Bowel cancer is the fourth most common cancer in the UK. Each year more than 41,500 people are diagnosed with bowel cancer – more than 110 people every day in the UK. It is the second most common cause of cancer death after lung cancer in the UK*.
Bowel cancer is one of the most curable cancers if detected early. Five-year survival rates for bowel cancer have doubled over the last 30 years, thanks to greater awareness and earlier detection of the disease, and improving treatment.
With optimal treatment and surgery, more cures are possible with bowel cancer than with all the other internal cancers added together.
However too many people, 6 in 10 patients, still die from bowel cancer its liver metastases. There is more that has to be done to make bowel cancer treatment more precise and more patients suitable for curative surgery for liver metastases.
Patients diagnosed with early disease are nearly twice as likely to surive adn therefore we have to encourage more screening and treatment for early disease.
Pelican Cancer Foundation aims to save and improve the lives of those with bowel cancer by improving treatment. It achieves this by researching, developing and disseminating advances in precision treatment, especially surgery, for bowel cancers.
The charity was founded by Professor Bill Heald, a consultant colorectal surgeon who pioneered a surgical technique for bowel cancer called Total Mesorectal Excision (TME). This technique cuts cancer deaths dramatically, halving the chance of the cancer recurring. Also, as fewer people need permanent colostomies, patients can enjoy a better quality of life after surgery.
To achieve its aims, Pelican has undertaken a national professional development programme that has trained surgeons and cancer teams in TME and ‘best practice’ for the treatment of bowel cancer. Today, Pelican is a ‘centre of excellence’ for sharing life-saving, life-enhancing knowledge and skills with future generations of surgeons and cancer teams.
The charity also undertakes clinical research that informs and improves bowel cancer treatment today.
- Over 8,000 specialists have attended courses and meetings at Pelican’s training facility since 2001 – the vast majority discussing TME and the effective multi-disciplinary team (MDT) approach to bowel cancer treatment. Over the same period, bowel cancer death rates in the UK have dropped by around 17%.
- TME has become the ‘gold standard’ in lower bowel surgery – helping over 3000 additional people survive their cancer diagnosis each year in the UK alone.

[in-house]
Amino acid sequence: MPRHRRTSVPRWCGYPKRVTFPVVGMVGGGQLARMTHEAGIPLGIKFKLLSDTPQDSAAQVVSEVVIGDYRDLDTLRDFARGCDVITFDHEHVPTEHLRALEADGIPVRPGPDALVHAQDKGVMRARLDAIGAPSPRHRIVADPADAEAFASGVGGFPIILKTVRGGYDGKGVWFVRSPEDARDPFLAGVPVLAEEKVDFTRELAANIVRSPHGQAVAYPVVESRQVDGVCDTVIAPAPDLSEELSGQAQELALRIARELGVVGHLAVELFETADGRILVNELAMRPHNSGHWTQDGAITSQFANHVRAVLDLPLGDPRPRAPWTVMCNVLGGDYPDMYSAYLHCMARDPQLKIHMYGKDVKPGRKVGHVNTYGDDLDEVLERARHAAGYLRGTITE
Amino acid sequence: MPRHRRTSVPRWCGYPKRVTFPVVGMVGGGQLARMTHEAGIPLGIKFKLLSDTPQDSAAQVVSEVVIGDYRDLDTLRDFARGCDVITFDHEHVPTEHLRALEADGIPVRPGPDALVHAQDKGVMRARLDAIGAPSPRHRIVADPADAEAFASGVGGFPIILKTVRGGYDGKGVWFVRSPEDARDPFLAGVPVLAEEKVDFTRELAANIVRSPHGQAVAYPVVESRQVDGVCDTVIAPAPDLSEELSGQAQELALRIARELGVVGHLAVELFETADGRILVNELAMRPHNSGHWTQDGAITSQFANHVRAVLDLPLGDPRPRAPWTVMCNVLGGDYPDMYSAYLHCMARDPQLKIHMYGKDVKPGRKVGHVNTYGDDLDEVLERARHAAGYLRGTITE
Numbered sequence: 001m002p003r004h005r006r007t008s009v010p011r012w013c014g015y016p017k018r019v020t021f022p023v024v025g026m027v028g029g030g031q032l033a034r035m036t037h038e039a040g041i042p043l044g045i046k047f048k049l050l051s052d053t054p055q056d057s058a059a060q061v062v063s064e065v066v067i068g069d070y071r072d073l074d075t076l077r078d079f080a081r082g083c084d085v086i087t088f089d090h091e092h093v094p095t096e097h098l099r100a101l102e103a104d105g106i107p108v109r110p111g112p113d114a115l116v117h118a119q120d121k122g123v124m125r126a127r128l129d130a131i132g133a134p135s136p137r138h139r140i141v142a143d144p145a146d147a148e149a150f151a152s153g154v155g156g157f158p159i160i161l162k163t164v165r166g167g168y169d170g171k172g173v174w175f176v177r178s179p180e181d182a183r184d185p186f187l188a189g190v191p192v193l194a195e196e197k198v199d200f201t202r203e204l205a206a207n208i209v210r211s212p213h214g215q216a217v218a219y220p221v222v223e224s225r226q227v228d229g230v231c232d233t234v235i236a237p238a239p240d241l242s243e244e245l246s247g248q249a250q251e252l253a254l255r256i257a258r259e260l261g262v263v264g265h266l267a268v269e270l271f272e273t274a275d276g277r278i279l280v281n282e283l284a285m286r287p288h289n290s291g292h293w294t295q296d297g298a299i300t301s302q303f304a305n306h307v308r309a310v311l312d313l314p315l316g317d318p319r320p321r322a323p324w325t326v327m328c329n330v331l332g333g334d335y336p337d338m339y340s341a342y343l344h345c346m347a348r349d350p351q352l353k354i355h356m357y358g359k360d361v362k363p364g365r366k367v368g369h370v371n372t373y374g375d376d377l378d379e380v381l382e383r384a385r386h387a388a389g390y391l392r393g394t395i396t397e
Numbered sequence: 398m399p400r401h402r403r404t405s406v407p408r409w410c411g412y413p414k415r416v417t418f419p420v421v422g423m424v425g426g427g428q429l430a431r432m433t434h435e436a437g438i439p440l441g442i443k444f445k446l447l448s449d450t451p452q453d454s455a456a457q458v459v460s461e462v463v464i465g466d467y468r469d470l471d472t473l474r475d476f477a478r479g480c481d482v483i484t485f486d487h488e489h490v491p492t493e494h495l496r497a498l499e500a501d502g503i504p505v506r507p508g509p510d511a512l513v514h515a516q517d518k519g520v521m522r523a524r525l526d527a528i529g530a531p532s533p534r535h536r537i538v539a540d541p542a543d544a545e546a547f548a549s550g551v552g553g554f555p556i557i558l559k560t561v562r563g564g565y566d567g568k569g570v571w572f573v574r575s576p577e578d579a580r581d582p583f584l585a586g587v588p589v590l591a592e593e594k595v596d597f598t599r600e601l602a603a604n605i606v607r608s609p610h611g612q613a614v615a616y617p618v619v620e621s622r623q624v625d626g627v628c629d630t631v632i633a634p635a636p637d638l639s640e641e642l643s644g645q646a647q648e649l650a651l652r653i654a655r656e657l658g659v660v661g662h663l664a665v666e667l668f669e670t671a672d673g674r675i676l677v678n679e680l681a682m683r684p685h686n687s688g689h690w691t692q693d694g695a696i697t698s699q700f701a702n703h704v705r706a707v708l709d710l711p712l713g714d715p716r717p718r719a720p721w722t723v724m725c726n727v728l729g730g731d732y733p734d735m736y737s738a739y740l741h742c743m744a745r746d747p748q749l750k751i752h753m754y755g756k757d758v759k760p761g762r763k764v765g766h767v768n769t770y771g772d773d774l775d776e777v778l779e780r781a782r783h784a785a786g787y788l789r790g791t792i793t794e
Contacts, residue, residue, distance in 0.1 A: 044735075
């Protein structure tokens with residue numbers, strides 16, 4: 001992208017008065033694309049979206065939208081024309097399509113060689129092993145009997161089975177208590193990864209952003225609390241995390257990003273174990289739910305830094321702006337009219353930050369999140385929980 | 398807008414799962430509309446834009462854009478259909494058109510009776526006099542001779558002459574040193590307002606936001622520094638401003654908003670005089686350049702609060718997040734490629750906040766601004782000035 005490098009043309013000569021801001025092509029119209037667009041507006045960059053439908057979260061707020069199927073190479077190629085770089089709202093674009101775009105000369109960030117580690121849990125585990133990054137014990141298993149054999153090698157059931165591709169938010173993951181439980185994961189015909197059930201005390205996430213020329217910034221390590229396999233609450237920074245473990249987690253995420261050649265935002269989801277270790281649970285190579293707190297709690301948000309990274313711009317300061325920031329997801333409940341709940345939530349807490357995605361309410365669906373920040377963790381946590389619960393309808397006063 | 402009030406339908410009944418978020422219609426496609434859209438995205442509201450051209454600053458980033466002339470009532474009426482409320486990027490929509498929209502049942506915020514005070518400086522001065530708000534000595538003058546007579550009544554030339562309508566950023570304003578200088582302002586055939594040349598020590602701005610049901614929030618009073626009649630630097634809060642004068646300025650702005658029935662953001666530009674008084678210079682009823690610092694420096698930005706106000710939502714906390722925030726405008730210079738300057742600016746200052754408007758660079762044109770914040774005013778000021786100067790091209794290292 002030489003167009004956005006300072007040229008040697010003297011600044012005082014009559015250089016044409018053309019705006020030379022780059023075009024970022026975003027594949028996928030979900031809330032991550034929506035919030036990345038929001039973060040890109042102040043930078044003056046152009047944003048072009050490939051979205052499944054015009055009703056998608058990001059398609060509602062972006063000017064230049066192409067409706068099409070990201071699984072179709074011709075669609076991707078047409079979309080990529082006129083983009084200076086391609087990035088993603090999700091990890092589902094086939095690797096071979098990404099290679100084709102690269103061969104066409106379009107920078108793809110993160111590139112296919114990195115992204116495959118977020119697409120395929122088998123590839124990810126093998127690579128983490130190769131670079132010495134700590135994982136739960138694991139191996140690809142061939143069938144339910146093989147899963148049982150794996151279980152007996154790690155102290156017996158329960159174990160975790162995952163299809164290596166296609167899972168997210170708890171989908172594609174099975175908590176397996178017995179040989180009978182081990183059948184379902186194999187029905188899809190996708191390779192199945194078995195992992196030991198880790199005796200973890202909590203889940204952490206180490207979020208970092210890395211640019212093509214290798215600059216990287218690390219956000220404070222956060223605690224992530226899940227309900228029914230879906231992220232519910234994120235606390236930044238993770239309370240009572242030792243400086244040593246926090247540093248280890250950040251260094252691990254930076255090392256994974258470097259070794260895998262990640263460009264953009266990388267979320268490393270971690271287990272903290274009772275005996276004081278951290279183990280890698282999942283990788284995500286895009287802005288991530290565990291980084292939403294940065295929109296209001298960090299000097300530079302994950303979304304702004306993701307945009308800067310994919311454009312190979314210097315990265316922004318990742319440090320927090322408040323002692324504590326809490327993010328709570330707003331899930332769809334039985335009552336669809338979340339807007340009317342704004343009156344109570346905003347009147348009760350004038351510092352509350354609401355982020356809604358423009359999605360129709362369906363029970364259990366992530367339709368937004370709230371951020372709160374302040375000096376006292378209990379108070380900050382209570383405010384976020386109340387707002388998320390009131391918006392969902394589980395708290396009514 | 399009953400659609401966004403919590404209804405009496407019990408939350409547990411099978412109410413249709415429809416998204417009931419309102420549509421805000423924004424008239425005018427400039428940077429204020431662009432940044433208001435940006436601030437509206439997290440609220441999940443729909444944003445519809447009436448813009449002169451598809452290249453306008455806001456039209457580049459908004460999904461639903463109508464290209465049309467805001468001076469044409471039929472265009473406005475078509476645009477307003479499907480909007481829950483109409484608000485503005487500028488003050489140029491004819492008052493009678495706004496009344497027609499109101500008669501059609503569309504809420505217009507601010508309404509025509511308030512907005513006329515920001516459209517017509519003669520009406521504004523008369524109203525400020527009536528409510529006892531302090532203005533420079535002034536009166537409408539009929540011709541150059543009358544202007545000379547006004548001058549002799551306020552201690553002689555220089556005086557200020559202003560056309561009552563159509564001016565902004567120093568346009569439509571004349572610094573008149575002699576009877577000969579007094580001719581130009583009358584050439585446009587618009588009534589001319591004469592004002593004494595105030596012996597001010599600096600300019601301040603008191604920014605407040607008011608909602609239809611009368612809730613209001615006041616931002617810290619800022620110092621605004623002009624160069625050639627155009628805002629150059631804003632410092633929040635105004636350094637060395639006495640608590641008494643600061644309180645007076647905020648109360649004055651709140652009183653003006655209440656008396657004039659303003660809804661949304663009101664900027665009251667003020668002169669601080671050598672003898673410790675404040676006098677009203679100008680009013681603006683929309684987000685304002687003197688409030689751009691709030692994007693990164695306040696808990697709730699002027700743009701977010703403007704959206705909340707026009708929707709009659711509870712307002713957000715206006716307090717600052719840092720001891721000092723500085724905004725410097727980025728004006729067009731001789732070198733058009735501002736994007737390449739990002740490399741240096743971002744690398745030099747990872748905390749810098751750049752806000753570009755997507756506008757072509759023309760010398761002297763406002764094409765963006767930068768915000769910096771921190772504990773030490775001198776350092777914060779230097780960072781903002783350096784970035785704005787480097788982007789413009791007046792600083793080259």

- Pelican’s first major research study, MERCURY, demonstrated the advantages of using MRI images of the pelvis before surgery to plan the best treatment - giving patients the very best chance of successful curative surgery.
Pelican continues to provide challenging and popular courses for clinicians, convened by our expert faculty, to drive improvements in bowel cancer treatment.
- Pelican has run two major national development programmes for bowel cancer multi disciplinary teams: teh MDT TME programme informed clinicians about precise staging and bowel cancer surgery and the LOREC helped teams develop their local treatment for low rectal cancer.
- In 2016 Pelican will run SPECC, a national development programme on Significant Polyps and Early Colorectal Cancer for bowel cancer multi-disciplinary teams. This is a free programme for all teams in England and Wales which will take just over two years to deliver across the country.
- As a follow-up to our MERCURY research, Pelican is funding MERCURY II, the Low Rectal Cancer Study, which is assessing if MRI scanning can predict how far very low rectal tumours have spread. This study won the BMJ Imaging Team of the Year in 2015.
Pelican’s ambition is to ensure the most effective treatment for each individual with bowel cancer. We aim to refine treatment options so that every person with bowel cancer is given the best possible chance of living well, for longer. One of our biggest challenges today is to raise funds for our programme of work.
*Statistics provided by Cancer Research UK